TUCSON — Two years after an initial ruling, and on the heels of an announced lawsuit, the U.S. Fish and Wildlife Service said it is in the process of finalizing the listing of the Marron bacora, a rare U.S. Virgin Islands plant, as endangered and thereby a protected species.
In a news release on Tuesday, the Center for Biological Diversity, a national nonprofit conservation organization, announced it was suing the U.S. Fish and Wildlife Service for “failing to determine” whether the plant warrants being placed on the Endangered Species Act list.
A petition to protect the Marrón bacora had initially been submitted in 1996, and according to the news release after multiple rounds of litigation by the center, “the service finally agreed to protect the plant in 2020, but has yet to provide final protection.”
“The Endangered Species Act is tremendously effective at saving species from extinction. But it only works if the service actually grants species protection,” the center’s staff attorney, Camila Cossío, said in the prepared statement.
On Wednesday, a day after the lawsuit was publicized, the U.S. Fish and Wildlife Service issued its own news release stating its intention of listing the plant under the Endangered Species Act.
“With only seven remaining populations on the island of St. John in the U.S. Virgin Islands, Marron bacora is currently in danger of extinction,” the release said. “Of those seven remaining populations, all but one occurs within the boundaries of the Virgin Islands National Park.”
In addition to the U.S. Virgin Islands, a discovery of the plant was made in 2018 by staff of the Royal Botanic Gardens and the National Park Trust of the Virgin Islands on nearby Tortola, British Virgin Islands. Thus, the agency extended the range of the species’ range from St. John to the British territory.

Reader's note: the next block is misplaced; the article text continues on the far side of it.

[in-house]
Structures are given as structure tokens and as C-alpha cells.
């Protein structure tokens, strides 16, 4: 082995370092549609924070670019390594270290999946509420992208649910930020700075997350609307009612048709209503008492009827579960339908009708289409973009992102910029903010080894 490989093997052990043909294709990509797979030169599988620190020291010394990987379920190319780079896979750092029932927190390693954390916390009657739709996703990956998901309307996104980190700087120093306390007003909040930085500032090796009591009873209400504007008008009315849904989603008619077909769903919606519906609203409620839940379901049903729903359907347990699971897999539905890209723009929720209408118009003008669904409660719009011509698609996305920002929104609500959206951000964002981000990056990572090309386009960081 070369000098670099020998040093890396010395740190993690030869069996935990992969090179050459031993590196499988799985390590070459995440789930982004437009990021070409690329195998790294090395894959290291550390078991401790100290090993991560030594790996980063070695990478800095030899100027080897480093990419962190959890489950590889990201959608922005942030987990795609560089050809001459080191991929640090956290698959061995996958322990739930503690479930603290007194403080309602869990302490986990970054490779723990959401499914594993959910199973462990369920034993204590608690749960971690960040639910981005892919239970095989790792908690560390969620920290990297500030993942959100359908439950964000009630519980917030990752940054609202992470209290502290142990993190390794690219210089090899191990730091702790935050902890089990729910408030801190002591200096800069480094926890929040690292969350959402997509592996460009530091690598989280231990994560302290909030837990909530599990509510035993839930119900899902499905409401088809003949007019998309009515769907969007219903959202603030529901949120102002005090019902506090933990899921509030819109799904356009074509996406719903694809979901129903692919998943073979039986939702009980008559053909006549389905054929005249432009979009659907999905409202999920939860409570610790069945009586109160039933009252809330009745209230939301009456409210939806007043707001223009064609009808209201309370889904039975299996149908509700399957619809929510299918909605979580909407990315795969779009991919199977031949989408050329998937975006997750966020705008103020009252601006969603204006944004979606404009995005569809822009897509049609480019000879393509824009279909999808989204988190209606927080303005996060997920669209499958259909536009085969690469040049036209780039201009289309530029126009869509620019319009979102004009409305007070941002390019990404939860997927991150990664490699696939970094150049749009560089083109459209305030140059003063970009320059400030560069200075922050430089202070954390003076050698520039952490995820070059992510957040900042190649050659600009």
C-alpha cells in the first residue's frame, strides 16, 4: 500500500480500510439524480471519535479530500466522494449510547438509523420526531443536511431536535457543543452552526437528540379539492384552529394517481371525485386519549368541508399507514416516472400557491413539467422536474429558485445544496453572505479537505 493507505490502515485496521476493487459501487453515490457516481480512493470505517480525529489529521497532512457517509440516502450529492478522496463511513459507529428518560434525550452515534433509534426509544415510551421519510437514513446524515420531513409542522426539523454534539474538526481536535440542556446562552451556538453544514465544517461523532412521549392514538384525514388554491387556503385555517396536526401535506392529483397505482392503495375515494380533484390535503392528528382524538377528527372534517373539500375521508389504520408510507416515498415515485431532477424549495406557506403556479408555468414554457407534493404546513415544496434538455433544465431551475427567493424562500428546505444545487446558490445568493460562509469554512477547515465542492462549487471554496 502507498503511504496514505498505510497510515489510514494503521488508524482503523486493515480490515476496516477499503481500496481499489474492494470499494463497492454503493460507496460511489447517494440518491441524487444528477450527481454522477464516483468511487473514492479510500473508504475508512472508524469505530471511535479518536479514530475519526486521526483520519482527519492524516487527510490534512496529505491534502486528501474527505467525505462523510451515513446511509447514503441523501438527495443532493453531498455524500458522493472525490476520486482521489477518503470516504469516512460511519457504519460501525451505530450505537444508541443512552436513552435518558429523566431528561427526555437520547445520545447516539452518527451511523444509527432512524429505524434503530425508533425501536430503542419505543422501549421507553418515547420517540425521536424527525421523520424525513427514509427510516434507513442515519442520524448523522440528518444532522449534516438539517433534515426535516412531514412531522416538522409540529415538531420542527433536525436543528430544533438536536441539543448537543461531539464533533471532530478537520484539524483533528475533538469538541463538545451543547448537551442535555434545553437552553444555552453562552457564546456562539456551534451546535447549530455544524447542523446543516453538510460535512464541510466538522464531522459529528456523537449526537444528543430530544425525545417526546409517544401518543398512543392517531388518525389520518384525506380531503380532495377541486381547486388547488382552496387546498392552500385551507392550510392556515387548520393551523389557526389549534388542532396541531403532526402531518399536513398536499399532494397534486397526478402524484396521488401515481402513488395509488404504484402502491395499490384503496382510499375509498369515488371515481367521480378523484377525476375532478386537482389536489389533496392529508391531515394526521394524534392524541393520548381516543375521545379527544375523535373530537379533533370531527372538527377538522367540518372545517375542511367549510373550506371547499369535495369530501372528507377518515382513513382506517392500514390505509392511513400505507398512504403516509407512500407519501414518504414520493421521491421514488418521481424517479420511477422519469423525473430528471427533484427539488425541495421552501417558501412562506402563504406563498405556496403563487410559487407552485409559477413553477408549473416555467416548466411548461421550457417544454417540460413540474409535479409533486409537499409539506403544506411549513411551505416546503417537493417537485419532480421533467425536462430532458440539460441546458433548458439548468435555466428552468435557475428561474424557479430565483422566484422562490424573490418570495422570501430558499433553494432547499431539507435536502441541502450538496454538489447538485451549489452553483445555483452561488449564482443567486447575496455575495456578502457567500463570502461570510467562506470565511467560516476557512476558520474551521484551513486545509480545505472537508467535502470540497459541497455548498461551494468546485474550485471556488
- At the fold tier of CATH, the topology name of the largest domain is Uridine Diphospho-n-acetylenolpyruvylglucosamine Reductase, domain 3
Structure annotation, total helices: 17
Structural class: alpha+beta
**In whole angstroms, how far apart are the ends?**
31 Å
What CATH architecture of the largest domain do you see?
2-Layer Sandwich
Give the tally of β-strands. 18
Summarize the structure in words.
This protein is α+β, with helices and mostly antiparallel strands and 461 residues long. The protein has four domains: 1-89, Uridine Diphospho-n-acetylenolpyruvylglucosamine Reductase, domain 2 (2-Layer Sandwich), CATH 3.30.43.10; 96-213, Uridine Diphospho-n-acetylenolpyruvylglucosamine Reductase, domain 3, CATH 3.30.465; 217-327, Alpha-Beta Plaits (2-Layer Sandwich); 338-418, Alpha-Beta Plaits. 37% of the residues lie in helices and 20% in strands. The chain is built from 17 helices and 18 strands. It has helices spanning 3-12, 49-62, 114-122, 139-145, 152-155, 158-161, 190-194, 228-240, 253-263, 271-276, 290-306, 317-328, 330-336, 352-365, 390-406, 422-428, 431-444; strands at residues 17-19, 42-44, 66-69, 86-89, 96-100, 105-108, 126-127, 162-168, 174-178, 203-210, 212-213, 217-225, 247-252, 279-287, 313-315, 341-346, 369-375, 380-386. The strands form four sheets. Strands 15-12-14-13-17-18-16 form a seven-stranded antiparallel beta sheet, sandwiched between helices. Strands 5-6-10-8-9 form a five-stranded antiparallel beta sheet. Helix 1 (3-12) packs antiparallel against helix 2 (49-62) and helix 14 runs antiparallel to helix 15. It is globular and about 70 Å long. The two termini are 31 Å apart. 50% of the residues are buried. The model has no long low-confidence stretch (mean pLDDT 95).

“Species like Marron bacora that are found in limited numbers on parts of only one or two Caribbean islands deserve special conservation attention,” Miranda-Castro, regional director for the U.S. Fish and Wildlife Service said in the statement. “Fortunately, we have many wonderful partnerships throughout the Caribbean, working hard to preserve and protect their natural heritage. Finalizing Marron bacora’s listing and critical habitat will be a major step towards its eventual recovery.”
According to the statement, the federal agency is required to identify areas essential to the conservation — known as critical habitat — of any given species being added for protection, and ensure areas identified contain the physical or biological features to support the plant’s needs.
The U.S. Fish and Wildlife Service noted than an amendment of the original proposed critical habitat was necessary, and excludes a little over one acre from the habitat, which changed its total acreage from 2,549 to 2,548. The critical habitat designation will be effective on July 18, according to the news release.
Moving forward, the U.S. Fish and Wildlife Service said that among the processes, it will raise awareness of the needs of the Marron bacora and “other imperiled species” as well as alert other “federal agencies that they are required to make special conservation efforts when they work, fund or permit activities in those areas.”
The agency said that an “intra-governmental agreement” between U.S. Fish and Wildlife Service and the National Park Service is also in place that “allows for the propagation and augmentation of the population of marron bacora in the Brown Bay area within the Virgin Islands National Park.”
Two additional agreements with Island Conservation and the Friends of Virgin Islands National Park, both non-governmental organizations, have also been made for the “propagation of Marron bacora and establishment of self-sustaining populations of the species within the protected lands of the VINP,” according to the news release.
The ruling and documents filed can be viewed at http://www.regulations.gov by searching for Docket No. FWS–R4–ES–2019-0050.